State Police walked through the parking lot and wrote down the license plate numbers of every vehicle in the parking lot. They wrote down the VIN of those vehicles with covered license plates. For the empty vehicles they placed a quarantine notices on windshields and advised the owner of the vehicle the county health agency would be notified for further enforcement action.

I believe it is unwise to gather for in-person worship service. My congregation has stopped live worship during the stay-at-home orders and we do not have the capacity for live broadcast, so I completely missed worship at my church. Instead I watched a live-stream from a sister church.

That is my opinion and my congregation’s opinion of how we exercise our faith. That is our decision.

This other congregation and their pastor made a different decision. In olden days, meaning before March 2020, that was considered free exercise of religion.

4/3/20 – Washington Post –Police break up New Jersey rabbi’s funeral, charge 15 men in another case of religion clashing with public health– Police in Lakewood New Jersey dispersed and Orthodox Jewish funeral for a rabbi. The outside gathering, mind you the funeral was held outside, was attended by 60 or 70 people. By the time the police were done they issued summons for 15 men for violating the governor’s executive order. One of the men was arrested.

4/15/20 – Washington Examiner – “Above my pay grade”: New Jersey governor claims Bill of Rights did not factor into his coronavirus executive orders – Coverage of the governor’s interview can be found in a dozen or more other articles; do a search and take your pick.

Stay-at-home orders by New Jersey governor categorized liquor stores as essential. Assessed as non-essential are businesses and churches.

The governor was asked what authority he had to “nullify the Bill of Rights?”

He said he didn’t consider Bill of Rights and it wasn’t his job to consider the constitutionality of his actions.

At this point in this post, you might think I’m making that up or exaggerating.

To make it clear this is the governor’s specific point, I will quote the article which quotes the governor. Here are his words:

“That’s above my pay grade, Tucker,” Murphy responded, saying he “wasn’t thinking of the Bill of Rights when we did this.”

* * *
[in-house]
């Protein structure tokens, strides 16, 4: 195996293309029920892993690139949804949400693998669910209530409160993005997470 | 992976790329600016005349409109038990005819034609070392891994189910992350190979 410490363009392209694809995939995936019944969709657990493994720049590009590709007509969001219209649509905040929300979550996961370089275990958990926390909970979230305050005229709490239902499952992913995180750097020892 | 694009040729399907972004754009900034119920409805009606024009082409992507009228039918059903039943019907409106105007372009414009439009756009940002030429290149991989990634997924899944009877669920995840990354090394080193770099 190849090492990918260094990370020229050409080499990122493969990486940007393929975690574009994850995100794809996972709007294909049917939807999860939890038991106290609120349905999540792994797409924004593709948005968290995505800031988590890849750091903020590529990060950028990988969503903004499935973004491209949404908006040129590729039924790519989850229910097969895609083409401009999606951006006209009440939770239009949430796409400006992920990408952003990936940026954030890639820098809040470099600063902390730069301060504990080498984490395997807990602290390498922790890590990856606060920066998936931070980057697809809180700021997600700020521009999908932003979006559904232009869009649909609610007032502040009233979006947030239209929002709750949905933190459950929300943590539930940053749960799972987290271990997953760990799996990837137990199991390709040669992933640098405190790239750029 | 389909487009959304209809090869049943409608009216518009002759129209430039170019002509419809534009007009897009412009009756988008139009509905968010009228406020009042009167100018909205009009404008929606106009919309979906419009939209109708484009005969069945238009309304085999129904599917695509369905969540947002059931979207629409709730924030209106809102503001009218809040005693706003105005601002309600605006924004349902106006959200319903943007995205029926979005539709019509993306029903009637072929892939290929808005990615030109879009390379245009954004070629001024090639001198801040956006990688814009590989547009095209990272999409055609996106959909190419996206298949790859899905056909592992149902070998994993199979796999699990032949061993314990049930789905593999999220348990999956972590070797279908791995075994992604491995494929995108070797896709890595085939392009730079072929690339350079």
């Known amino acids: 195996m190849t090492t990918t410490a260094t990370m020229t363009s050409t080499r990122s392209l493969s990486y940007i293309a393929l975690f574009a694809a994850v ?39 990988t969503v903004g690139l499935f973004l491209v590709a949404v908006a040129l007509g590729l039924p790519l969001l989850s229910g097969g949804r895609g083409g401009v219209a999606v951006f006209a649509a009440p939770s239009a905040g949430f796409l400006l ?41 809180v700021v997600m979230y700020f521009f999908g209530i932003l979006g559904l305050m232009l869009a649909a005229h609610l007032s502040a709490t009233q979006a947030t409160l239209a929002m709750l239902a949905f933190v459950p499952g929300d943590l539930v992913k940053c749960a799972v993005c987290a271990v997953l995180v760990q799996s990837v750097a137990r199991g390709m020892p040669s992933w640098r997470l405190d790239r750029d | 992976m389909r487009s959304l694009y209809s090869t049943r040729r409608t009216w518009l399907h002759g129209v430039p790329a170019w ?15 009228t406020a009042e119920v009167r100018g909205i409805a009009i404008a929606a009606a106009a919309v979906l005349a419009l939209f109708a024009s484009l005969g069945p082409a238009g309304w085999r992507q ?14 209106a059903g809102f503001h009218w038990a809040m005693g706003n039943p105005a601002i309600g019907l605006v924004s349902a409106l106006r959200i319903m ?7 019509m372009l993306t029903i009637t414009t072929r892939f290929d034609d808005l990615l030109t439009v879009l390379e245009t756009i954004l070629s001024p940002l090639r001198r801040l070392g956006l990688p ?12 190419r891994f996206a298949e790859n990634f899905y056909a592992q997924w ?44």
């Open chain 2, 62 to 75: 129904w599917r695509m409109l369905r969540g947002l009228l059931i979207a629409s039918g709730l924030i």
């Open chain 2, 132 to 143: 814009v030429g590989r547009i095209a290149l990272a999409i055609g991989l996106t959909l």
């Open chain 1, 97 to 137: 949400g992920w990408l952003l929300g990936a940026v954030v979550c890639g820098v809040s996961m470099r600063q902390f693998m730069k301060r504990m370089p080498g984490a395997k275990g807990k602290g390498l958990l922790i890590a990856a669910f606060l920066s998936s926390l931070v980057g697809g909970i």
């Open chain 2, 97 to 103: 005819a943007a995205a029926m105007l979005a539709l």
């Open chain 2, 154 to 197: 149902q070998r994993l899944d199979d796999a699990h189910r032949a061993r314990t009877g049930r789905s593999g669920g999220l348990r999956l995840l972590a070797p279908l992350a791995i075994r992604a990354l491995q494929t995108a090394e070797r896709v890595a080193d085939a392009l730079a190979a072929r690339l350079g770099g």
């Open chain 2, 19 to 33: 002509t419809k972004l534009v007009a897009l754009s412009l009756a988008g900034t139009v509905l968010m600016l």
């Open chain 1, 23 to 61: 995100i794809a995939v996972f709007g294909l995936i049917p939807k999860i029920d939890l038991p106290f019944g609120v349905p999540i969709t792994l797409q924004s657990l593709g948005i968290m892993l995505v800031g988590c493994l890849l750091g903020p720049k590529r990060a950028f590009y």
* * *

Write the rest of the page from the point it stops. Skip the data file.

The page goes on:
I cannot give any harsher indictment of the governor’s contempt for the Constitution than to quote him. Read his comment again.

How many violations can you count?

Count how many ways the North Carolina, Michigan, New Jersey, and Kentucky governors have willfully violated the U.S. Constitution.

I see one or more violations of the following enumerated rights:

  • Freedom of assembly
  • Freedom to petition for redress of grievance
  • Freedom of speech (by the way, advertising is considered speech)
  • Freedom of religion
  • Right to keep and bear arms

I have a sinking feeling that there will be more coverage of other incidents in the days and weeks to come.

Reminder of content of the Constitution

The first article above quotes the constitution to refresh our memories in case a phrase slipped your mind:

Congress shall make no law respecting an establishment of religion, or prohibiting the free exercise thereof; or abridging the freedom of speech, or of the press; or the right of the people peaceably to assemble, and to petition the Government for a redress of grievances.

I’m no constitutional scholar. However, using my mind, I count six enumerated rights in the first amendment.  The governors collectively have infringed four of them.

Also, to refresh your memory, the 14th amendment makes the bills of rights apply to states. Article says:

I misspoke before when I said that the Constitution only applies to the federal government. I forgot that the 14th Amendment makes the Bill of Rights applicable to the states through the Due Process clause of said amendment.

One pundit suggested recently that before any elected official could be sworn in, said official should be required to recite the bill of rights from memory.

Not a bad idea.